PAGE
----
Take Nothing: MRSA Presumption Rebutted
Over the period of September 15 through December 14, 2011 I tried and prevailed on a very important California Workers’ Compensation case related to allegations pursuant to California Labor Code section 3212.8.
Summary of Facts
Applicant was hired by a County Probation Department as a Custodial Care Officer. In 2007 applicant was employed by the County as a Juvenile Correctional Officer II. The County position was only related to custodial work with the inmates and applicant did not conduct any work outside of the institution with the public.
Applicant’s job included transporting minors from their living area to either a dining facility or a school facility. Applicant also would take minors to and from the visiting area and would conduct pat downs as the minors were coming and going from that area. On June 1, 2007, while employed with the County applicant was diagnosed with possible Methicillin-Resistant Staphylococcus Aureus (MRSA).
Applicant was unaware of how he contracted MRSA and does not know where he was directly exposed to the MRSA. At the time applicant was first exposed, it was his doctor’s guess that applicant contracted the MRSA from work but there was no way to prove it. Applicant was unaware of any reporting of MRSA in his work environment and unaware of anyone whom he worked with that has MRSA.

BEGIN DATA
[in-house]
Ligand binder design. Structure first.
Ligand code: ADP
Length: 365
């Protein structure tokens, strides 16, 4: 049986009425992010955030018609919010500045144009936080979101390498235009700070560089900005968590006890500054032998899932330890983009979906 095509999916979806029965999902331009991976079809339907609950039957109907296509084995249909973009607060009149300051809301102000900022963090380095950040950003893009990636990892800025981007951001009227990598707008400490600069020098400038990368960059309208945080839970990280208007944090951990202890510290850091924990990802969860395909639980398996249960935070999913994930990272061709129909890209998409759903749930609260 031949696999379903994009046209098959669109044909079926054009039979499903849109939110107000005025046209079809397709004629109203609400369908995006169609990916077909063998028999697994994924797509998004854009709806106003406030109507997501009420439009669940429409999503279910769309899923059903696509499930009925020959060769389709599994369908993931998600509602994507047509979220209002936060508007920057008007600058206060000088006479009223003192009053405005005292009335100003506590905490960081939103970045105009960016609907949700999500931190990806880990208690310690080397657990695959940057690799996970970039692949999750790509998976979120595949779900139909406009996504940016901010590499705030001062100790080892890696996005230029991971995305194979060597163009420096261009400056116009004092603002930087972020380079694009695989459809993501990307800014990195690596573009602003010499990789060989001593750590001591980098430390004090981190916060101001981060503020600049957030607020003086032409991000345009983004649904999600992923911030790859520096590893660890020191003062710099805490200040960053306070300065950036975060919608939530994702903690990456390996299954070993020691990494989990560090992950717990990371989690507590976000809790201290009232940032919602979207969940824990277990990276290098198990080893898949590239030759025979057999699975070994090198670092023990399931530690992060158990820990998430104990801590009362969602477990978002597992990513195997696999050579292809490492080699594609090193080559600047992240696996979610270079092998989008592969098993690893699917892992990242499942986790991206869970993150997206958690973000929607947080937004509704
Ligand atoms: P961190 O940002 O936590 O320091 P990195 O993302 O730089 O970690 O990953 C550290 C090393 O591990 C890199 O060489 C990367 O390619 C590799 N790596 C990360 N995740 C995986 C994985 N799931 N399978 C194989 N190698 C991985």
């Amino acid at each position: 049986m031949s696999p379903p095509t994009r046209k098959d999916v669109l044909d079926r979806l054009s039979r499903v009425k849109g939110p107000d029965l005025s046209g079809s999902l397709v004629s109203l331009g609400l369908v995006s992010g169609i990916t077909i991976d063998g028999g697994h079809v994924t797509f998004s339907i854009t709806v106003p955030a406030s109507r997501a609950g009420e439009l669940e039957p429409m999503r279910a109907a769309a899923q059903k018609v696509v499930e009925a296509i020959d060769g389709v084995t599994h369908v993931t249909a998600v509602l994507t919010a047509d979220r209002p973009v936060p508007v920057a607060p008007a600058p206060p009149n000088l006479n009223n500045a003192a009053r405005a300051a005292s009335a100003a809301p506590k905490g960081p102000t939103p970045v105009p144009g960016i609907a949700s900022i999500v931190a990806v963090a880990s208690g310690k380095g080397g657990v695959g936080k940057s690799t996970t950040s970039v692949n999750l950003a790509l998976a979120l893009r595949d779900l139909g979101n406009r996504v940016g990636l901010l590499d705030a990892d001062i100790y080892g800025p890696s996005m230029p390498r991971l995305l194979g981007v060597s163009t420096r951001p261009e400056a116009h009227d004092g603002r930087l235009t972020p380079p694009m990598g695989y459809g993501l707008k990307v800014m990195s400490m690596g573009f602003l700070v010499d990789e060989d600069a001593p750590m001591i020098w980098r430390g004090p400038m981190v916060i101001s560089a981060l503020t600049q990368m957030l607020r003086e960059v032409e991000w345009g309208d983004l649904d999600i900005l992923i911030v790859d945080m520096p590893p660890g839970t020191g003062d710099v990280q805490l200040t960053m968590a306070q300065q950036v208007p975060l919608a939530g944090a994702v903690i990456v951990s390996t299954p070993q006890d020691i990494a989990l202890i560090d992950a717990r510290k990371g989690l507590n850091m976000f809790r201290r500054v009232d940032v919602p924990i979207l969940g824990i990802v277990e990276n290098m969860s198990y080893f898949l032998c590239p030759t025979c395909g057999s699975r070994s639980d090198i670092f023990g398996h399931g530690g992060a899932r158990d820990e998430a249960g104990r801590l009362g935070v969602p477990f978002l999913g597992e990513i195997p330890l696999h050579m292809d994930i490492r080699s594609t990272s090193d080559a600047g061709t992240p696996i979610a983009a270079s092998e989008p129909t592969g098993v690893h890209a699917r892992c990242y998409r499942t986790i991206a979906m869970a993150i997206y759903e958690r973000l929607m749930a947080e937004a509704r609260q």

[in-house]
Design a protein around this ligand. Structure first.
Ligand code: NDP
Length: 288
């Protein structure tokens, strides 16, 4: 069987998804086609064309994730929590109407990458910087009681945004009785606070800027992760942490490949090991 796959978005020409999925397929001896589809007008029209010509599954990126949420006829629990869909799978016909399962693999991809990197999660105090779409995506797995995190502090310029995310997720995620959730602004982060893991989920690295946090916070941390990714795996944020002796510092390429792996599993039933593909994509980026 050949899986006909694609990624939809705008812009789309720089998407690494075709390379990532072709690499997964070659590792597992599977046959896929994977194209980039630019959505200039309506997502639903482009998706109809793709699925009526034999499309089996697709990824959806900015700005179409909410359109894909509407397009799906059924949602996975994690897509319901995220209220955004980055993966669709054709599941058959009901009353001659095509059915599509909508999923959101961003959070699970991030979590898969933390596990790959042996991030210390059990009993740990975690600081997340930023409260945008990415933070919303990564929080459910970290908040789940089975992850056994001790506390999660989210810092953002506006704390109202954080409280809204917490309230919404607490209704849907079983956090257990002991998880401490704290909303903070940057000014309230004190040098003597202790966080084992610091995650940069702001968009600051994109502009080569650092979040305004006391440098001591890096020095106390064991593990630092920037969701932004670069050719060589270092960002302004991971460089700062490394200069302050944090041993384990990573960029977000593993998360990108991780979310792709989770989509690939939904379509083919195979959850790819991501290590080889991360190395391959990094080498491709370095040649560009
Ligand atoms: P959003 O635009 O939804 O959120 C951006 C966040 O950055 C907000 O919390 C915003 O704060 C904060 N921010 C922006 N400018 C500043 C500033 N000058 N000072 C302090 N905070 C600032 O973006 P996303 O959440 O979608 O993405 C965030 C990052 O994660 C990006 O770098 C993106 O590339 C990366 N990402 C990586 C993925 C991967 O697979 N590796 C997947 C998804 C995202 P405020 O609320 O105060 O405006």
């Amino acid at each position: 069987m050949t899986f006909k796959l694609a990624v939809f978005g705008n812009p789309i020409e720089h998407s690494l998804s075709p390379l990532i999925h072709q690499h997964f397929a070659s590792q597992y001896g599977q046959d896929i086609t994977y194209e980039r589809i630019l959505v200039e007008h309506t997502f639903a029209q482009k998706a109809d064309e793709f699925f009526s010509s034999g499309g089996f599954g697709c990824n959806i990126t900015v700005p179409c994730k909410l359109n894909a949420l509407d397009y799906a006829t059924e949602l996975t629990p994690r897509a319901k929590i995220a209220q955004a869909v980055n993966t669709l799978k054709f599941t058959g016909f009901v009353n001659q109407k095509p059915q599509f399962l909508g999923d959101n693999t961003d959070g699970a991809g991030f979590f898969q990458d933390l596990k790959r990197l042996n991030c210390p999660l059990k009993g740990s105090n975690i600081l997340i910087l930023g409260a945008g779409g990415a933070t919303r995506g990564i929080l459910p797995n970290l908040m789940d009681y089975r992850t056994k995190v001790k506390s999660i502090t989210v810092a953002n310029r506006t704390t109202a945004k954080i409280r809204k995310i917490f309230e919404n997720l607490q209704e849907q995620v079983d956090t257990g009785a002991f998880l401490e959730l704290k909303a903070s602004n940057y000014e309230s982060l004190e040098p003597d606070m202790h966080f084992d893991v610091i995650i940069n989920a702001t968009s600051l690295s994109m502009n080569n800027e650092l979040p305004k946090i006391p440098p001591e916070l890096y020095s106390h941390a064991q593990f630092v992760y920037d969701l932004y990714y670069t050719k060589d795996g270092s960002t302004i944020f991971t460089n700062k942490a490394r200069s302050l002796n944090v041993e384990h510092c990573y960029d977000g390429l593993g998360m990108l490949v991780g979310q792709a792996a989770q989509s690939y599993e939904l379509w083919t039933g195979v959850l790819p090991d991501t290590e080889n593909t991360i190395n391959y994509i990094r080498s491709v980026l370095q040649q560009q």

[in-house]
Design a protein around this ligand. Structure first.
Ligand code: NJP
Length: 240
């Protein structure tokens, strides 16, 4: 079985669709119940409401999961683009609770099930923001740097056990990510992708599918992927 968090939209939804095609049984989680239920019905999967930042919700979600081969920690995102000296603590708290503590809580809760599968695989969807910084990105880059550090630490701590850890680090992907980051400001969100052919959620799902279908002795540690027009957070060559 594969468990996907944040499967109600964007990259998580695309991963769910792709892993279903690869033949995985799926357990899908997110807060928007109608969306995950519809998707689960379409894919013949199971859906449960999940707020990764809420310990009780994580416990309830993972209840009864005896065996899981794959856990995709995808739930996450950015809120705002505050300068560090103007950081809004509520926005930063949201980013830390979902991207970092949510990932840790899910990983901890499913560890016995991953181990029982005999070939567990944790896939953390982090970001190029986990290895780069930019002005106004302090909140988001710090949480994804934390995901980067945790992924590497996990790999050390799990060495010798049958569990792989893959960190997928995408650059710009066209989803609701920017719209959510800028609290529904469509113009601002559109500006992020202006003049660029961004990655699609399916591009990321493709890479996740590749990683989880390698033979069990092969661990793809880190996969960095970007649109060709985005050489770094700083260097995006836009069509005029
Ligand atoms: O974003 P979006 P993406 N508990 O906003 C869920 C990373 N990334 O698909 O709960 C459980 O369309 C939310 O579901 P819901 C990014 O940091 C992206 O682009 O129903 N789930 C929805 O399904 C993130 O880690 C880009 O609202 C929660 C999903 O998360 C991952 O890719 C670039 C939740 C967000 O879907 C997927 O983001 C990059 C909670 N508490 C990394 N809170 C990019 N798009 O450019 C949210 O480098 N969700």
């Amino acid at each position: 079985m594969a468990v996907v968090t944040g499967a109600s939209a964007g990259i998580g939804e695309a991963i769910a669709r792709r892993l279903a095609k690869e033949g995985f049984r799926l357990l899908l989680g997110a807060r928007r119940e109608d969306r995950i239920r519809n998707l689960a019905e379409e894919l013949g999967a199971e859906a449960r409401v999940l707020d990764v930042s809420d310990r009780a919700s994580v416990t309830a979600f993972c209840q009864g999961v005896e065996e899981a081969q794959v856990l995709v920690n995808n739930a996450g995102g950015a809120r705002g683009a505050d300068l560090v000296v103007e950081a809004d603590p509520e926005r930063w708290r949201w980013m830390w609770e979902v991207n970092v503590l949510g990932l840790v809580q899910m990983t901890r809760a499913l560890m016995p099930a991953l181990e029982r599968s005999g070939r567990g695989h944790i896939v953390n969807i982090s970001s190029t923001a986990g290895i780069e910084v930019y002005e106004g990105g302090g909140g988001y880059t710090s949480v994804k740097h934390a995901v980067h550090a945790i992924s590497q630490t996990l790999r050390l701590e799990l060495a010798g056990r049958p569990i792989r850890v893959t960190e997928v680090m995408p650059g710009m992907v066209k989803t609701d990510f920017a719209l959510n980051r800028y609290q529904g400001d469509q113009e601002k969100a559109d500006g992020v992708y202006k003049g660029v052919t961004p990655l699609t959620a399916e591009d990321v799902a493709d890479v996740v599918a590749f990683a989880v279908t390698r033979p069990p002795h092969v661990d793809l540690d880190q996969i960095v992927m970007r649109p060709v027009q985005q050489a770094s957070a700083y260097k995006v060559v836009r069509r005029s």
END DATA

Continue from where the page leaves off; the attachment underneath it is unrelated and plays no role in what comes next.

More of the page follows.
Defense witness testimony proved that the only minors with MRSA at the relevant time periods were a male in G pod and male in J pod. Further testimony proved that a review of 181 separate daily work schedules from January 2007 through June 2007 reflected that the Applicant did not work a single shift in either G pod or J pod, the two pods where the MRSA positive minors were housed.
Defense testimony reflected that at the relevant times, applicant worked the entire time in a security shift in the Commitment facility, which was located on the opposite side of the detention facility where the two MRSA positive minors were housed. Defense testimony proved that, prior to applicant, no staff person has ever had a positive MRSA diagnosis.
Applicant, in connection with the claim, underwent Panel QME evaluation and the state appointed physician concluded that it is unlikely that the applicant suffered his illness on an industrial basis.
Applicant claimed he was entitled to a legal presumption of compensability pursuant to California Labor Code section 3212.8.
After a lengthy trial the defense prevailed and applicant took nothing. The Workers’ Compensation Appeals Board Administrative Law Judge concluded in a complete, well-reasoned and legally sound opinion that applicant was not entitled to the presumption in California Labor Code section 3212.8, could not carry his burden of proof that he was exposed to MRSA at work pursuant to Labor Code section 5705 and Faust v. City of San Diego (2003) 68 CCC 1822 and that the appropriate medical specialist concluded medically he did not sustain injury arising out of and during the course of employment.